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O008 Triage review: Should they stay, or should they go?
  1. Susanna Currie,
  2. Elizabeth Nicol,
  3. Gabriel Schembri
  1. Manchester Centre for Sexual Health, Manchester, UK

Abstract

Background BASHH guidance for GUM services advises access within 48 hours for all and on the day review for emergencies. GU services have varying policies for when capacity is reached, ranging from ‘closed door’ policies to triaging all, however, there are concerns that patients with significant infections may be turned away. Since 2010 our inner city clinic has used triage forms.

Aims To investigate the burden of STIs in individuals who were turned away after triage, and assess the efficacy of our triage system

Methods Review of all triaged patients between 5/1/15–24/3/15.

Results 698 patients triaged: 359M; 336F; 3 unknown. Median age 23 years (range 16–86). 488 (70%) were turned away: 255M; 230F; 3 unknown; median age 23 years (range 16–73). Warts/lumps/bumps (15%), urinary symptoms (15%) and abnormal discharge (15%) were the most common presenting symptoms and most likely to be turned away.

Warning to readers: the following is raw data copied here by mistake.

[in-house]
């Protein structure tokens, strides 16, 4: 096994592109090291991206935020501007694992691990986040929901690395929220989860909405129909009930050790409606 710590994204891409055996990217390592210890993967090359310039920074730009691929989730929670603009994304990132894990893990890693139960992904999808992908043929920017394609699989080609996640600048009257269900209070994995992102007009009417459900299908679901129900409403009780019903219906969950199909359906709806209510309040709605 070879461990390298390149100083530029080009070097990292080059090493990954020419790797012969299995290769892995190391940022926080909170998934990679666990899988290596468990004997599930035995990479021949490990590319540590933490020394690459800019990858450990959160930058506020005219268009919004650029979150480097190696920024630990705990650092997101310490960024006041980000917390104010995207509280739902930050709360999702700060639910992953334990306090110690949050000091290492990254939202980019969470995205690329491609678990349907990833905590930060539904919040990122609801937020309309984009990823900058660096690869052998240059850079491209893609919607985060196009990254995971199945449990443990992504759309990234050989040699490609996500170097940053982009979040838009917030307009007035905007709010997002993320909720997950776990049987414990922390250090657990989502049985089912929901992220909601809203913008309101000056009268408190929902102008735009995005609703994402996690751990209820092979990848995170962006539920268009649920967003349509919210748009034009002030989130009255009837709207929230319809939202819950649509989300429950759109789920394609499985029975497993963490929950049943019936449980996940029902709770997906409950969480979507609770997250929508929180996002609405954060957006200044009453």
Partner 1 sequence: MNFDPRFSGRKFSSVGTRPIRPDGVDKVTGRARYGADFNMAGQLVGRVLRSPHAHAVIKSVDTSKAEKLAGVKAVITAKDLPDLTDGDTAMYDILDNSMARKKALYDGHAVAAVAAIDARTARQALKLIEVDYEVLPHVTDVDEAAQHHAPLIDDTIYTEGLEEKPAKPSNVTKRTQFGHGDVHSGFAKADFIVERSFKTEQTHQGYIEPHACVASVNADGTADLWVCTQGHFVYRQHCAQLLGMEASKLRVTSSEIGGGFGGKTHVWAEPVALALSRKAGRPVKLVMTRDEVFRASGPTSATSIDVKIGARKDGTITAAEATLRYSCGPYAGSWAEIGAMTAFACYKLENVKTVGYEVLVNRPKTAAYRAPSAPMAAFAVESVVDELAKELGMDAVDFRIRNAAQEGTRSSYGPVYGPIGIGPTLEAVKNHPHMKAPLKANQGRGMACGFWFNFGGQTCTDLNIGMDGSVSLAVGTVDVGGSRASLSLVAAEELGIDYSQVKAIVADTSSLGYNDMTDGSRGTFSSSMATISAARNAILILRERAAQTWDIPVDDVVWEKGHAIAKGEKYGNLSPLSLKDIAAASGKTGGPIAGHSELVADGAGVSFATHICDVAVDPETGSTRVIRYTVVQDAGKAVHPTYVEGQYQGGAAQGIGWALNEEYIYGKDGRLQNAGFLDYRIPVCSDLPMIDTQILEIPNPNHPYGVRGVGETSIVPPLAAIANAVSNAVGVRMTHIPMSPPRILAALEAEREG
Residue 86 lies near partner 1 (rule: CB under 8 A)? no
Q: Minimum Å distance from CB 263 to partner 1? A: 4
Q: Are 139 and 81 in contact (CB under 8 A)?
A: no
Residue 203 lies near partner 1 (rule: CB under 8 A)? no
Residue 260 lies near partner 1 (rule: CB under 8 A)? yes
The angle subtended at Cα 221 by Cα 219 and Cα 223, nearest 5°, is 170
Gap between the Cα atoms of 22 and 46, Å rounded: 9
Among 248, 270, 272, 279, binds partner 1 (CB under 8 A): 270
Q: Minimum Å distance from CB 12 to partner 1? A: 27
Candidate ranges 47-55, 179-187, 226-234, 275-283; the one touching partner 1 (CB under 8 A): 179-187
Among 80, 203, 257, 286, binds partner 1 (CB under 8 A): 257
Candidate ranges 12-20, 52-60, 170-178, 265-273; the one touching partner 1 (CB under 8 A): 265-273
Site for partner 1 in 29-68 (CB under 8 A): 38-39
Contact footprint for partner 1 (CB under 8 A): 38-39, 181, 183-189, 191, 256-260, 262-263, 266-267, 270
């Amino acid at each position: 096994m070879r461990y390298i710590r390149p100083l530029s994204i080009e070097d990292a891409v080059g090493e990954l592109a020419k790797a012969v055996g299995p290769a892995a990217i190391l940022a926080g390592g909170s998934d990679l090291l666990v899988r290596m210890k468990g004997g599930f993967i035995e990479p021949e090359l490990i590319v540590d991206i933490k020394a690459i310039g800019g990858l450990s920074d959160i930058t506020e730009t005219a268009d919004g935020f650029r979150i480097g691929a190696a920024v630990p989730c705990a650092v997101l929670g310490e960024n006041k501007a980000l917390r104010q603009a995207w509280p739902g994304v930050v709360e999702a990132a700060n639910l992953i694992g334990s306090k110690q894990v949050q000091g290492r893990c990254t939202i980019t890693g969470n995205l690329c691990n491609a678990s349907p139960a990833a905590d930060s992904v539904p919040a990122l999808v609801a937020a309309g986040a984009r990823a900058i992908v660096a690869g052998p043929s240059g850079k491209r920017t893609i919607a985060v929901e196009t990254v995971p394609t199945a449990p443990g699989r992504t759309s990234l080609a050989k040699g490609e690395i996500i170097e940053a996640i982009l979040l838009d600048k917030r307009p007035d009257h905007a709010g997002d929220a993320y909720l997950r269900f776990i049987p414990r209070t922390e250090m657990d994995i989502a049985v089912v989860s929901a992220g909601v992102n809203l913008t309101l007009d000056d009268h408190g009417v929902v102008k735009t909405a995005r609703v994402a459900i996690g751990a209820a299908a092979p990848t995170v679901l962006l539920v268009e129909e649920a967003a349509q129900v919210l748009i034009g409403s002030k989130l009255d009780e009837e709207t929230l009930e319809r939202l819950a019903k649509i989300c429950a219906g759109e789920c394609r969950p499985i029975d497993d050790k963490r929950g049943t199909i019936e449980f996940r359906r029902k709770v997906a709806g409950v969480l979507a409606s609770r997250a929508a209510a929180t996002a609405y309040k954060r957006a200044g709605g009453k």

Abstract O008 Table 1

Triage review

Conclusions Turned away patients who re-attended had a significant number of STIs and BASHH concerns are justified. Patients who never return heighten these concerns. Management of excess demand in the current financial climate is challenging, but closer links between clinics in a region, central booking systems and social media could help to direct individuals to clinics with availability.

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